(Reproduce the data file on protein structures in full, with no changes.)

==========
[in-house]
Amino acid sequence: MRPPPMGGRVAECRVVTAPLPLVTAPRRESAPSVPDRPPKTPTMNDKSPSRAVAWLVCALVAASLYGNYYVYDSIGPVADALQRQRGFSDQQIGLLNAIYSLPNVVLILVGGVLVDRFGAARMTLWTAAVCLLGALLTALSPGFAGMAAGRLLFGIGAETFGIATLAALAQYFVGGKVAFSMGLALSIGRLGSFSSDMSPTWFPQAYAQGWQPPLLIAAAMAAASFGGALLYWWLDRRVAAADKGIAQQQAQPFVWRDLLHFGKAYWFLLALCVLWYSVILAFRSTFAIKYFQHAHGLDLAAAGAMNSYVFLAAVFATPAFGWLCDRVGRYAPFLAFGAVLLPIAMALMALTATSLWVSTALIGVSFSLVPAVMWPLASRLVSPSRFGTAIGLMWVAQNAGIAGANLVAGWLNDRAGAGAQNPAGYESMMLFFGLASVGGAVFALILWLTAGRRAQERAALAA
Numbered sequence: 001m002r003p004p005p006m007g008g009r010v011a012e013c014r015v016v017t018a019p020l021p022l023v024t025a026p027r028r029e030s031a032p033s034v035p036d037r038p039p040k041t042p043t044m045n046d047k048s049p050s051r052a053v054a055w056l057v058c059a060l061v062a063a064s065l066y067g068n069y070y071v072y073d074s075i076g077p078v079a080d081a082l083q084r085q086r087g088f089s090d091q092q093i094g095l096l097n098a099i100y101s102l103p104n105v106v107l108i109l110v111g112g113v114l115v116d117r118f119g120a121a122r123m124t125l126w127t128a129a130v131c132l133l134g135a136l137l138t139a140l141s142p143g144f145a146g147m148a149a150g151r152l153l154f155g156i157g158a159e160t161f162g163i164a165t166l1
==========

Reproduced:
[in-house]
Amino acid sequence: MRPPPMGGRVAECRVVTAPLPLVTAPRRESAPSVPDRPPKTPTMNDKSPSRAVAWLVCALVAASLYGNYYVYDSIGPVADALQRQRGFSDQQIGLLNAIYSLPNVVLILVGGVLVDRFGAARMTLWTAAVCLLGALLTALSPGFAGMAAGRLLFGIGAETFGIATLAALAQYFVGGKVAFSMGLALSIGRLGSFSSDMSPTWFPQAYAQGWQPPLLIAAAMAAASFGGALLYWWLDRRVAAADKGIAQQQAQPFVWRDLLHFGKAYWFLLALCVLWYSVILAFRSTFAIKYFQHAHGLDLAAAGAMNSYVFLAAVFATPAFGWLCDRVGRYAPFLAFGAVLLPIAMALMALTATSLWVSTALIGVSFSLVPAVMWPLASRLVSPSRFGTAIGLMWVAQNAGIAGANLVAGWLNDRAGAGAQNPAGYESMMLFFGLASVGGAVFALILWLTAGRRAQERAALAA
Numbered sequence: 001m002r003p004p005p006m007g008g009r010v011a012e013c014r015v016v017t018a019p020l021p022l023v024t025a026p027r028r029e030s031a032p033s034v035p036d037r038p039p040k041t042p043t044m045n046d047k048s049p050s051r052a053v054a055w056l057v058c059a060l061v062a063a064s065l066y067g068n069y070y071v072y073d074s075i076g077p078v079a080d081a082l083q084r085q086r087g088f089s090d091q092q093i094g095l096l097n098a099i100y101s102l103p104n105v106v107l108i109l110v111g112g113v114l115v116d117r118f119g120a121a122r123m124t125l126w127t128a129a130v131c132l133l134g135a136l137l138t139a140l141s142p143g144f145a146g147m148a149a150g151r152l153l154f155g156i157g158a159e160t161f162g163i164a165t166l1